4. You can either repeat the same counts in one practice (for example, working to a count of three for your entire practice) or you can increase the number of counts within one practice (for example, working to a count of three, inhaling, pausing and exhaling, and then increasing to a count of four, inhaling, pausing and exhaling, and then increasing again to five and maybe six, to however many seconds you can breathe comfortably).
5. Practise for up to 5 minutes, and sit in stillness for a few moments to readjust, before continuing your day. Once you are familiar with this practice and feel comfortable to develop further, work to a ratio of 1:2:3, for example, if you inhale for the count of 2, hold the breath for 4 and exhale for 6.
These two cooling techniques are ideal for regulating body temperature. The sitali involves creating a straw-like shape with the tongue and inhaling through it; as the air passes through the tongue, it collects moisture. If you can't roll your tongue, use the sitkari method. This breathing technique is also thought to reduce anxiety, regulate the natural appetite and hydrate your system.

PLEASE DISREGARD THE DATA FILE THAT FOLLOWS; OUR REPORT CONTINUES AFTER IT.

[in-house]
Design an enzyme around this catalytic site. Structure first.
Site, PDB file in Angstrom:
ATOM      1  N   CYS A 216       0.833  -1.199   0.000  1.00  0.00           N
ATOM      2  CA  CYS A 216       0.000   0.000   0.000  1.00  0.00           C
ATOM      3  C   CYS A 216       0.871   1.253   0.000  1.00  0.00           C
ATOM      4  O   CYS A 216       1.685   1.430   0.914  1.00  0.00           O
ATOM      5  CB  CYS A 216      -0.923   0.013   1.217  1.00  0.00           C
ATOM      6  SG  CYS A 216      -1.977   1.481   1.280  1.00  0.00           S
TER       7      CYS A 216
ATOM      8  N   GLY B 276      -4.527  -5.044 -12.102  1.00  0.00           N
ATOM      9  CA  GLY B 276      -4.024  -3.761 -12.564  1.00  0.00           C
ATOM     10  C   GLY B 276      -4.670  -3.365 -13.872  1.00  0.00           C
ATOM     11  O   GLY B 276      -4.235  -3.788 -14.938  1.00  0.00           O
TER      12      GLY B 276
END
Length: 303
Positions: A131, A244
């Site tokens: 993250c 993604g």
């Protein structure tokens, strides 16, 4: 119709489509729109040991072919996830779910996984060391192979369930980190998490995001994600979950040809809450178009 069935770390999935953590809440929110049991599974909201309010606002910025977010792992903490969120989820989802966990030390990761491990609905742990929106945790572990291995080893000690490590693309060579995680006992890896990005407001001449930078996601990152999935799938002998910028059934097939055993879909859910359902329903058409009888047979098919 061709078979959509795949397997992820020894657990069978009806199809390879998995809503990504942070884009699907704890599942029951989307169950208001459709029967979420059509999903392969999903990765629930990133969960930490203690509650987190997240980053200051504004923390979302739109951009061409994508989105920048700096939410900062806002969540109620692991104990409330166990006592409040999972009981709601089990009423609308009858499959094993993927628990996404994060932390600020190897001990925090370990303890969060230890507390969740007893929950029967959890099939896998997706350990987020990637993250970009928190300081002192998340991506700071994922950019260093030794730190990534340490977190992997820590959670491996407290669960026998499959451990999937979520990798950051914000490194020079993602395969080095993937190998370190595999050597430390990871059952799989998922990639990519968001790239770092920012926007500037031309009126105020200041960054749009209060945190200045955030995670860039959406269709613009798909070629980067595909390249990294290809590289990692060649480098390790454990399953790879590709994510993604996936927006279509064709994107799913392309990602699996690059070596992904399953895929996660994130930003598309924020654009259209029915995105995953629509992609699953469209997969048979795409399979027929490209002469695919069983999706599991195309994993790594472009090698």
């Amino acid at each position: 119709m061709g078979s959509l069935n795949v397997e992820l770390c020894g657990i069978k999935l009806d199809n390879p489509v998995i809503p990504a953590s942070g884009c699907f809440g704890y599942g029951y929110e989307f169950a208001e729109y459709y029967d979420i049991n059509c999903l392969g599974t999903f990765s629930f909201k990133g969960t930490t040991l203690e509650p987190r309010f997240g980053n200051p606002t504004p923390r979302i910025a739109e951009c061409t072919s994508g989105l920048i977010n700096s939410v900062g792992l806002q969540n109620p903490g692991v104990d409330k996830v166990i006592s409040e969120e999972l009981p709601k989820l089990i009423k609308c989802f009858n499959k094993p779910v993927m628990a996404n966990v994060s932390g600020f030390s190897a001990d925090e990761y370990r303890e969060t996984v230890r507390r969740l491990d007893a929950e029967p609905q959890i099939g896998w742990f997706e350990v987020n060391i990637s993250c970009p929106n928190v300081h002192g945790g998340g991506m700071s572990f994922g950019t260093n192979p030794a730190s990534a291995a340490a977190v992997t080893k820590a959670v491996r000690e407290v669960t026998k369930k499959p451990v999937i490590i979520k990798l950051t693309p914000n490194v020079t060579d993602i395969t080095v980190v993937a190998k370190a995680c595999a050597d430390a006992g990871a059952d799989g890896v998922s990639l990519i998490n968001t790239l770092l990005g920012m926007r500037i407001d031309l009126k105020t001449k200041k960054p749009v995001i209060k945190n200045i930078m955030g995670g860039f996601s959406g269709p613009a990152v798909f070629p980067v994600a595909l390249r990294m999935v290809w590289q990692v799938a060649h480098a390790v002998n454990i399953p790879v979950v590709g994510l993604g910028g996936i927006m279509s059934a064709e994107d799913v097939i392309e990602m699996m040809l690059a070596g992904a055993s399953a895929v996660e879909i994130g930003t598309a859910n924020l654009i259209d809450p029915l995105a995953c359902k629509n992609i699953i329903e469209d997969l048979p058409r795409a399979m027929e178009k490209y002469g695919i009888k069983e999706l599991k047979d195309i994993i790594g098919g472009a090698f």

1. Sit in a comfortable position, either on the floor with crossed legs on the floor or on a chair with your feet flat, however is comfortable, ensuring the head, neck and spine are aligned.
2. Close your eyes and breathe naturally for a few moments. Relax the mouth and then drop the jaw open, as if you were about to make a low ah sound.
3. Curl the sides of your tongue inwards to form a tube-like shape, and then poke it out of your mouth slightly, but with little effort.
4. Inhale deeply through the tongue, as if drinking the air in through a straw. Focus your attention on the cooling sensation of the breath and the rise of your abdomen, rib cage and chest. Retain the breath here for 5 to 10 counts, or release it instantly as directed in step 5.
5. Draw the tongue back inside your mouth, bring your lips together comfortably and exhale slowly through the nostrils.
6. Repeat steps 4 and 5 10 to 20 times, or however many times feels comfortable, and bring the practice to a close when you feel cooled and content.
1. Sit in a comfortable position, either on the floor with crossed legs on the floor or on a chair with your feet fat, however is comfortable, ensuring the head, neck and spine are aligned.
2. Close your eyes and breathe naturally for a few moments, then gently bring your lower and upper teeth together. Part your lips as much as you can to expose your teeth.
3. Inhale slowly through the teeth, letting the air flow through the gaps between each tooth, and focus on the feeling of the air against your teeth, entering the mouth, filling your abdomen, lungs and ribcage, and on the hissing sound of the breath.
4. Close your mouth, relax the jaw and the teeth and exhale slowly through the nose.
5. Repeat steps 4 and 5 10 to 20 times, or however many times feels comfortable, and bring the practice to a close when you feel cooled and content.